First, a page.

Gov. Roy Cooper was met with Republican resistance after announcing he would appoint an interim Board of Elections after a three-judge state court panel ruled Thursday that the current board should disband at noon Friday. The Democrat's move would fill the gap — and allow the board to proceed with a Jan. 11 evidentiary hearing about the 9th District congressional race — until a new law governing the statewide elections panel can take effect Jan. 31.
Amid the turmoil, incoming U.S. House Majority Leader Steny Hoyer issued a statement saying House Democrats won't allow Republican Mark Harris to be sworn in next week because of the ongoing investigation.
"Given the now well-documented election fraud that took place in NC-09, Democrats would object to any attempt by Mr. Harris to be seated on January 3," Hoyer said, adding that "the integrity of our democratic process outweighs concerns about the seat being vacant at the start of the new Congress."
The U.S. Constitution states that the House is the judge of the elections of its members and the final arbiter of contests. The state Elections Board has refused to certify the race between Harris and Democrat Dan McCready while it investigates absentee ballot irregularities in the district in the south-central part of the state. Harris holds a slim lead in unofficial results, but election officials are looking into criminal allegations against an operative hired by the Harris campaign.
Friday's standoff was set in motion by the latest ruling from a state court that previously had found the elections board's makeup unconstitutional after the Republican-controlled legislature altered the board in 2016. The court had ruled earlier this year to allow the board to remain in place until Friday while it investigates the congressional race. The latest ruling came as lawmakers enacted a new law Thursday to largely restore the board to how it operated before 2016.
Cooper started the process of rebuilding the elections board Friday by informing the state Democratic and Republican parties that he plans to create an interim panel with five members of the current elections board, unless he receives different picks from the state parties. The interim board would last until the new law takes effect Jan. 31.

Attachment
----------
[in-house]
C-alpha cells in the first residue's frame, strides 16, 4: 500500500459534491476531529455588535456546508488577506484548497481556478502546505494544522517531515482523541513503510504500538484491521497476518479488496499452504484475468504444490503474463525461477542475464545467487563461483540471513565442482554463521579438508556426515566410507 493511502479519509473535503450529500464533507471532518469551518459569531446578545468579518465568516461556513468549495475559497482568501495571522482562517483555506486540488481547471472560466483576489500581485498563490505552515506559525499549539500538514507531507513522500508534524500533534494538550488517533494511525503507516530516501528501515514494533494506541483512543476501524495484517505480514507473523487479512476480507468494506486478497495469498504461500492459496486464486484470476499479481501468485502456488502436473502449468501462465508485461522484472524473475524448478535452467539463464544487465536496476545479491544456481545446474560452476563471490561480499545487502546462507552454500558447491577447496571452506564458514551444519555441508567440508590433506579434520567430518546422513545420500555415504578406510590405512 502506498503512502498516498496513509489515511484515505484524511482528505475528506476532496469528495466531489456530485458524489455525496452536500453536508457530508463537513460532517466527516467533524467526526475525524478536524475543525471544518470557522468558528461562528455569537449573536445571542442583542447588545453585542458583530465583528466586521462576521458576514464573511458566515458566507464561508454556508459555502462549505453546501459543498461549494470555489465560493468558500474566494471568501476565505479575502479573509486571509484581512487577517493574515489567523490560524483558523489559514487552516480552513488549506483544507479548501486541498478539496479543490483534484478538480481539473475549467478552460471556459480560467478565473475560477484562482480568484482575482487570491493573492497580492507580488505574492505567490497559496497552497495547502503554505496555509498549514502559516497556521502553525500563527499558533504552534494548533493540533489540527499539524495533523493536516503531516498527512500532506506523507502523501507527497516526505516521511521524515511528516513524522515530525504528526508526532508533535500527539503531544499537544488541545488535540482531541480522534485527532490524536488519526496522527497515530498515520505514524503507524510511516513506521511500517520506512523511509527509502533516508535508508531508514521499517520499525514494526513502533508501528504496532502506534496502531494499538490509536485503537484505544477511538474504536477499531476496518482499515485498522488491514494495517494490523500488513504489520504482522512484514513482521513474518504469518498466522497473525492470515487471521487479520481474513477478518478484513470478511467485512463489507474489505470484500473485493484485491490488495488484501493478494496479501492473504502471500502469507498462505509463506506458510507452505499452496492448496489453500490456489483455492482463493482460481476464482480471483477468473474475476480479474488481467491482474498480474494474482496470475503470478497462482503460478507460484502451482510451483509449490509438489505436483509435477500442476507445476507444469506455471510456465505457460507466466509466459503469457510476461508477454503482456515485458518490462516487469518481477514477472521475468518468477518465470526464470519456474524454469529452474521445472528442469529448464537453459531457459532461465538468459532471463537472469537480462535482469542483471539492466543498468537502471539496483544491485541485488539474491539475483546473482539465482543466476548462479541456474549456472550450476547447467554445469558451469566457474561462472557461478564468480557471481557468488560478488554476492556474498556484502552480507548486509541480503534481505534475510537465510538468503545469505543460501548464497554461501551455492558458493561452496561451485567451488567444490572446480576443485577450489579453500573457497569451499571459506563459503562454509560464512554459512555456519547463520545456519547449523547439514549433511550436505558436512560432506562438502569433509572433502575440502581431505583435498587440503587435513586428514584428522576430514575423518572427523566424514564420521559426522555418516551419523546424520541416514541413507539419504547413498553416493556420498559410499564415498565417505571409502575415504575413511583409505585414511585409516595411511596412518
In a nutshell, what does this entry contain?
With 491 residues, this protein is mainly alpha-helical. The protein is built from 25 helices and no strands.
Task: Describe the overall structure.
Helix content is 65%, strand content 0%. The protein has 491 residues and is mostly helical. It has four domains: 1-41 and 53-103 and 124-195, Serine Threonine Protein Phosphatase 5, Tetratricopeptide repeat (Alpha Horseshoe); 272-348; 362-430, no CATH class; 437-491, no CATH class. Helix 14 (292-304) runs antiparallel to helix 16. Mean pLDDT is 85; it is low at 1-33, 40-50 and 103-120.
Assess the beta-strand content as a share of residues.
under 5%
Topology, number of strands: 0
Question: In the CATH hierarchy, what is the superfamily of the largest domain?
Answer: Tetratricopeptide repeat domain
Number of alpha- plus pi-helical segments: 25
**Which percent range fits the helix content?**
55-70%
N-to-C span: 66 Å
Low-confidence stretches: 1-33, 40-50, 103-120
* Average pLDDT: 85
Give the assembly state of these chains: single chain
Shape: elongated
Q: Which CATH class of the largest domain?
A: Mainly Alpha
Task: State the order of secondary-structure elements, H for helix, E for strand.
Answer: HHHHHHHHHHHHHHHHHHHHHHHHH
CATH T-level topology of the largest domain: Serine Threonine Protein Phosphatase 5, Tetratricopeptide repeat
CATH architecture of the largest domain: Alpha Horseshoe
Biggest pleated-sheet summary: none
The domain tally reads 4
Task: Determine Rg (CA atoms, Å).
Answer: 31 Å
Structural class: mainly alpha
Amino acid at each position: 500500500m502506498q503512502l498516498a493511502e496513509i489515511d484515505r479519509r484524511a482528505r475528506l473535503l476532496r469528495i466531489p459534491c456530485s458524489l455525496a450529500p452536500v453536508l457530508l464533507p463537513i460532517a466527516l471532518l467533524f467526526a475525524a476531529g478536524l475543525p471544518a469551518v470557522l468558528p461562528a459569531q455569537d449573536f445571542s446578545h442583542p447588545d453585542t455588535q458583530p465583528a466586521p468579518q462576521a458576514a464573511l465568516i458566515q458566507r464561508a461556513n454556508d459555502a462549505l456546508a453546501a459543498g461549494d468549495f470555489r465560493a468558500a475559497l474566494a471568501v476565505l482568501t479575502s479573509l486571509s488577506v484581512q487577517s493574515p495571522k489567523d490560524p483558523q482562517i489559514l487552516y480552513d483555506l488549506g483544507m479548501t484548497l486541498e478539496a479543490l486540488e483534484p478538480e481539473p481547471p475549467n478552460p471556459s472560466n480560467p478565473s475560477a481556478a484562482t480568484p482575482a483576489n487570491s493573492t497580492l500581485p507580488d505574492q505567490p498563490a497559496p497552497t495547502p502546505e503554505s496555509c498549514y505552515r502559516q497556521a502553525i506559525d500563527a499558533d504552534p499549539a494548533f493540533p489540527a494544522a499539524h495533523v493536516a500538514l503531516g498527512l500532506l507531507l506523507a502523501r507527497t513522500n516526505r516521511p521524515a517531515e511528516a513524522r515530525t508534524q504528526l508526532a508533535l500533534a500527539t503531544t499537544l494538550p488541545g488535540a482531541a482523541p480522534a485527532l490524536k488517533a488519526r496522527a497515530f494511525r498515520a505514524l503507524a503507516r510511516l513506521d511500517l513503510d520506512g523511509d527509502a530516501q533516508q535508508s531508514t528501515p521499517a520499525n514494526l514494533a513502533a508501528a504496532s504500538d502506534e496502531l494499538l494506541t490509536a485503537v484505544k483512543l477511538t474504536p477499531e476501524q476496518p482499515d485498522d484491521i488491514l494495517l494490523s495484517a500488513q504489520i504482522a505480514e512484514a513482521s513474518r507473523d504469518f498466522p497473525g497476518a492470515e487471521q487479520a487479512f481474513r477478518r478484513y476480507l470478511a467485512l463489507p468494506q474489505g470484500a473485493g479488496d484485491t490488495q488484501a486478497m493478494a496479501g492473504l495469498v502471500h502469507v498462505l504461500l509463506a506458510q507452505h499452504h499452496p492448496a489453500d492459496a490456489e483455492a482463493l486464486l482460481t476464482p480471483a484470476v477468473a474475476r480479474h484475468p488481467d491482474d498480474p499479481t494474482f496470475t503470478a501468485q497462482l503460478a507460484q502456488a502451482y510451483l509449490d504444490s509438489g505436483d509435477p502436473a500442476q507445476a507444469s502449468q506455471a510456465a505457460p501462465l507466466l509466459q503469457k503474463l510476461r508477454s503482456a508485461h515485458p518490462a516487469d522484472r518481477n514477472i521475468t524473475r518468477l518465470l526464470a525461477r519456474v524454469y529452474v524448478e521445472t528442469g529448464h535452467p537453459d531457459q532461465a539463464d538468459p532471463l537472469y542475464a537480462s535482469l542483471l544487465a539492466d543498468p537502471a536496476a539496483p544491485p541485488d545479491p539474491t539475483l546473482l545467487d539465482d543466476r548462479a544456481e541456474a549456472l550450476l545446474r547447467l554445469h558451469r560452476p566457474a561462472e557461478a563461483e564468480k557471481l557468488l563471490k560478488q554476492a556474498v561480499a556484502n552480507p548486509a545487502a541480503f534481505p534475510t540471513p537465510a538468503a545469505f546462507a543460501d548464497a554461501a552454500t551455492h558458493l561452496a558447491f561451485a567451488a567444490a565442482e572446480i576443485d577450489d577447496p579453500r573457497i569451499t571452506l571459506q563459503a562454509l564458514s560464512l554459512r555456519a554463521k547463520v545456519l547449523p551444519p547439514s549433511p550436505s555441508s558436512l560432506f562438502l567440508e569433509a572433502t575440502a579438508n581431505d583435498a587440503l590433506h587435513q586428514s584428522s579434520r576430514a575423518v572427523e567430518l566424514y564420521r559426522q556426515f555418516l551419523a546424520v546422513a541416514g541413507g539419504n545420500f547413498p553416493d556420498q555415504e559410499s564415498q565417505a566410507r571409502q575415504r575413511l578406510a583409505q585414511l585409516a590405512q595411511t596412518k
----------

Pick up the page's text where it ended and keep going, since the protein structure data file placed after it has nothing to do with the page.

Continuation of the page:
He said he would appoint both Democrats and Republicans to comply with pre-2016 state elections law he says is temporarily back in force. "All of these members have election law experience and an awareness of the circumstances around the allegations involved in the Ninth Congressional District election," Cooper said in his letter to state party heads.
But state GOP Chairman Robin Hayes said the dissolving board's four GOP members "will not accept appointments to an unconstitutional, illegal sham Roy Cooper creation." Republicans instead will withhold GOP nominees until the new law takes effect, he said.
The outgoing state board refused a last-minute formal request by Harris to certify him the winner. The elections board reorganization threatens to delay the Jan. 11 hearing. Lawyers for Harris and McCready had a Monday deadline to submit requests to the elections board for people they wanted to have compelled to appear and testify at next month's hearing. But if the current elections board is disbanded without a new one to replace it, the board chairman or vice chairman who could issue the requested subpoenas wouldn't exist.
Last week, elections board chairman Josh Malcolm said in an affidavit to the three-judge panel that investigative staffers — who can continue working through any reorganization — had collected more than 182,000 pages of materials in response to 12 subpoenas.
Malcolm said Friday that the elections board issued "numerous additional subpoenas" before disbanding. In a letter to Harris' attorney, Malcolm wrote that the GOP candidate had turned over only about 400 pages of subpoenaed documents and had yet to produce another 140,000 documents. Harris also had so far failed to arrange a requested interview with agency staffers, Malcolm said.
Harris' campaign committee has pored through about 135,000 documents that needed review, the Republican's attorney David Freedman said Friday. Harris "has cooperated and intends to continue cooperating with the investigation," Freedman said.
If House Democrats refuse to seat Harris, it wouldn't be the first time a chamber of Congress delayed or rejected seating a new member. In 2009, U.S. Senate leaders initially refused to seat Roland Burris as the replacement for President-elect Barack Obama's Illinois seat. Burris had been named to succeed Obama by Gov. Rod Blagojevich, who was eventually convicted on corruption charges for trying to sell the Senate appointment.
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